I have had some experience with safes, the same as just about anyone who is a responsible firearms owner, and thought everyone might be interested in hearing about the basics.
Before we get started, let me caution everyone by saying that safes do not provide a guarantee that your stuff won’t ever be stolen. It simple adds a layer of complexity to the thief’s job. Any safe can be defeated by a determined, well equipped, experienced criminal with a plan and plenty of time.
What I described in the previous paragraph sounds an awful lot like one of those heist movies, where a gang of colorful characters portrayed by photogenic Hollywood stars come together to make the one big score that will set them up for life. Those guys will probably not bother with the safe in your basement, mainly because they know that it isn’t very likely for you to have a few million dollars in cash, let alone that you will keep it in your home safe. If you set it up right, just about any sturdy lockbox or safe will foil the efforts of the casual burglar.
The first thing to keep in mind is that there are two levels of security to consider when buying a safe.
There are types that are merely metal boxes with a lock on them, and they don’t protect your valuables from fire. These are usually referred to as “lockboxes” if they are small, while the larger versions are called “security cabinets”. They are not safes! The word “cabinet” is what should clue you in that you are buying what amounts to a sturdy, immobile suitcase with a lock on it.
Then there are metal boxes that have thick walls filled with an insulating material, and they will protect your valuables from fire. They are traditionally known as “safes”. They cost more than the lockboxes and cabinets, but are worth it if keeping whatever is inside them as safe as possible is an important goal.
The locking mechanisms used to secure the doors of these security devices range from a Victorian level of technology…,
…to computerized cypher pads that one could find on the doors leading to a secret weapons lab.
The advantages to the high tech stuff is that it still keeps your valuables nice and safe, and it allows easier and quicker access to the inside of the box. After all, just punching in a 5 digit code is a lot simpler than manipulating one of those little silver wheels with all the numbers etched into them.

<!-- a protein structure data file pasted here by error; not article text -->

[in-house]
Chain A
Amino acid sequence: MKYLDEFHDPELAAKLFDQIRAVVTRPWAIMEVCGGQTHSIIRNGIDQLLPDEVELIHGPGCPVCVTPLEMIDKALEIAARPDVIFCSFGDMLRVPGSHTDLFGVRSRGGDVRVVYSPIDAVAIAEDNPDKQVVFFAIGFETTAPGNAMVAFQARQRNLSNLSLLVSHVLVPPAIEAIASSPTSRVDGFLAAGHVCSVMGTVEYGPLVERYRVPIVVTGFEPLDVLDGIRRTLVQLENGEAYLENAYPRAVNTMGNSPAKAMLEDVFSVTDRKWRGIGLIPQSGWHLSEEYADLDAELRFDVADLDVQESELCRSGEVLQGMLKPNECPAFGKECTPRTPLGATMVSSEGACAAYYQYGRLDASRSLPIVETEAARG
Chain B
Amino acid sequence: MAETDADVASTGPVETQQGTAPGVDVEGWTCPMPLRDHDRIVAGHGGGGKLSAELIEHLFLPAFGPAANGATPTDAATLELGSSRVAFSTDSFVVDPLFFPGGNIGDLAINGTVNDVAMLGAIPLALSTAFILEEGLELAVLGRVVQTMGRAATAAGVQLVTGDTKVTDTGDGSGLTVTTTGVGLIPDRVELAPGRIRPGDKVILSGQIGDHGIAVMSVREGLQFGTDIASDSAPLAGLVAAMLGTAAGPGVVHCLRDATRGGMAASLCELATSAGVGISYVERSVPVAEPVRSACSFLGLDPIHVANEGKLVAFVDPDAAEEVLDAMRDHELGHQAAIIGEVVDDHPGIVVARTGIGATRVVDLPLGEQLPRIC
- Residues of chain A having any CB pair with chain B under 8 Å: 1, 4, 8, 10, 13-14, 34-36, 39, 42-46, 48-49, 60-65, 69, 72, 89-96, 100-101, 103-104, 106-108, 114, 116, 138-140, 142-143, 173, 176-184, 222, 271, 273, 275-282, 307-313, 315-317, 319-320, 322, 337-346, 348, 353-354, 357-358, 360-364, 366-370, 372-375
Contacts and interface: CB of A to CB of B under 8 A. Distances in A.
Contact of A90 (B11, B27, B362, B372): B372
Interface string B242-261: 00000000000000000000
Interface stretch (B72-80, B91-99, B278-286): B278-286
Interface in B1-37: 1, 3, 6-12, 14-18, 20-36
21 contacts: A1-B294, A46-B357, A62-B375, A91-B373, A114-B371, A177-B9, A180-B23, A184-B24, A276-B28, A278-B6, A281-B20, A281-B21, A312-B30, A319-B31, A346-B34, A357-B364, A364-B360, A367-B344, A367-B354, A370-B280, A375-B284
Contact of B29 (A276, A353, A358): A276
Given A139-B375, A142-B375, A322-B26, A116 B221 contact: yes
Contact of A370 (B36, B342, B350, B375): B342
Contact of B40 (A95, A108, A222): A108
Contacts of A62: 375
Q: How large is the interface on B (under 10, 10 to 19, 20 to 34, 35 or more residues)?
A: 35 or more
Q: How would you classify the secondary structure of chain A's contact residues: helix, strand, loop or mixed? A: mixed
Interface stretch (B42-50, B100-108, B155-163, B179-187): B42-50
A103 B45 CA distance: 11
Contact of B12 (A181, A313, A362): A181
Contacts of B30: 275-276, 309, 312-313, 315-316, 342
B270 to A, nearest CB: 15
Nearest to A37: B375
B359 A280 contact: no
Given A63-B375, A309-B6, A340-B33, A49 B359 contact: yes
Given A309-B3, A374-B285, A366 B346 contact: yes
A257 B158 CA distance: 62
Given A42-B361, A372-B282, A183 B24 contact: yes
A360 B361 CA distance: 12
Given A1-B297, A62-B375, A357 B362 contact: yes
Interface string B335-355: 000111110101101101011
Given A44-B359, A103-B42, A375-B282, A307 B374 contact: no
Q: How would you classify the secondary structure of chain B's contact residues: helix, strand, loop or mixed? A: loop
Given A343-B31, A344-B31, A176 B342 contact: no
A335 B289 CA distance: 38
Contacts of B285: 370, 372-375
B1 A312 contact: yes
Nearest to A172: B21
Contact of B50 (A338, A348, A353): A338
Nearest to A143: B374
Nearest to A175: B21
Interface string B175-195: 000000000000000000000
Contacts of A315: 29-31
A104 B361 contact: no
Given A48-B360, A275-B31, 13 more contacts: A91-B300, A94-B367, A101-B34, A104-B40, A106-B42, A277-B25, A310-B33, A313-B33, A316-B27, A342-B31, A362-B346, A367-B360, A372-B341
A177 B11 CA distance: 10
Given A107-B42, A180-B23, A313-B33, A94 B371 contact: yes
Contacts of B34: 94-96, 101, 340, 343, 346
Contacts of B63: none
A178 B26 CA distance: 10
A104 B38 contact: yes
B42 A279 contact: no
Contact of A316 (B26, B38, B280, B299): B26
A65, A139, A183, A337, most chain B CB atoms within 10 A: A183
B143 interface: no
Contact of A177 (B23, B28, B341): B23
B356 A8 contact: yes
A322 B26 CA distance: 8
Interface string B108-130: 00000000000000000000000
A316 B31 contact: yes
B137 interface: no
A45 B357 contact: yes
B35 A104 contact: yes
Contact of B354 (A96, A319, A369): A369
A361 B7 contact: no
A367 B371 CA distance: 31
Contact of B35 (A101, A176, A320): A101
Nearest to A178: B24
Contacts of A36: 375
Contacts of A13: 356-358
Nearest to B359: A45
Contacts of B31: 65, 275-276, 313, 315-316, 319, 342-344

But there are also problems, as fellow gun blogger and respected gun writer Michael Bane found out. The electronic locking devices add a much greater level of complexity to the relatively simple task of keeping the lock engaged until the correct combination or code is employed. Greater complexity means that there are significantly more potential failures built in to the mechanism. That is why I have never recommended a safe with an electronic lock to any of my students. Stick to the old fashioned safe wheels and avoid some potential frustration.
Your safe, cabinet, or lockbox also needs to be bolted to something so thieves simply won’t carry it off. Most gun safes come with small holes in the back, a place where bolts can be inserted to secure the box to an interior wall in your house. Make sure that the material or wall in question is made of hardy stuff, as bolting your expensive safe to nothing more than sheetrock is a really dumb idea.
Is there one safe or cabinet manufacturer that I would recommend over all others? Not really. Just about all of them provide the same level of customer service, just about all of them provide the same level of protection for the money. Still, after saying that, there are a few fly-by-night operations I’ve come across over the years. I would suggest that, before you buy, call the number listed on the safe for customer service. If someone answers then I’d say got for it.
Most of my students don’t have much money, but they still need a place to secure their valuables when not at home. I have written in the past about low cost ways to create a lockbox or gun cabinet, with one method costing less than $10.00 USD. Click on that last link and you will find easy, step-by-step instructions to making your own. It won’t be as nice as buying something custom built for the purpose, but it will work pretty well for the money.
(Cross posted at Hell in a Handbasket, my own personal blog.)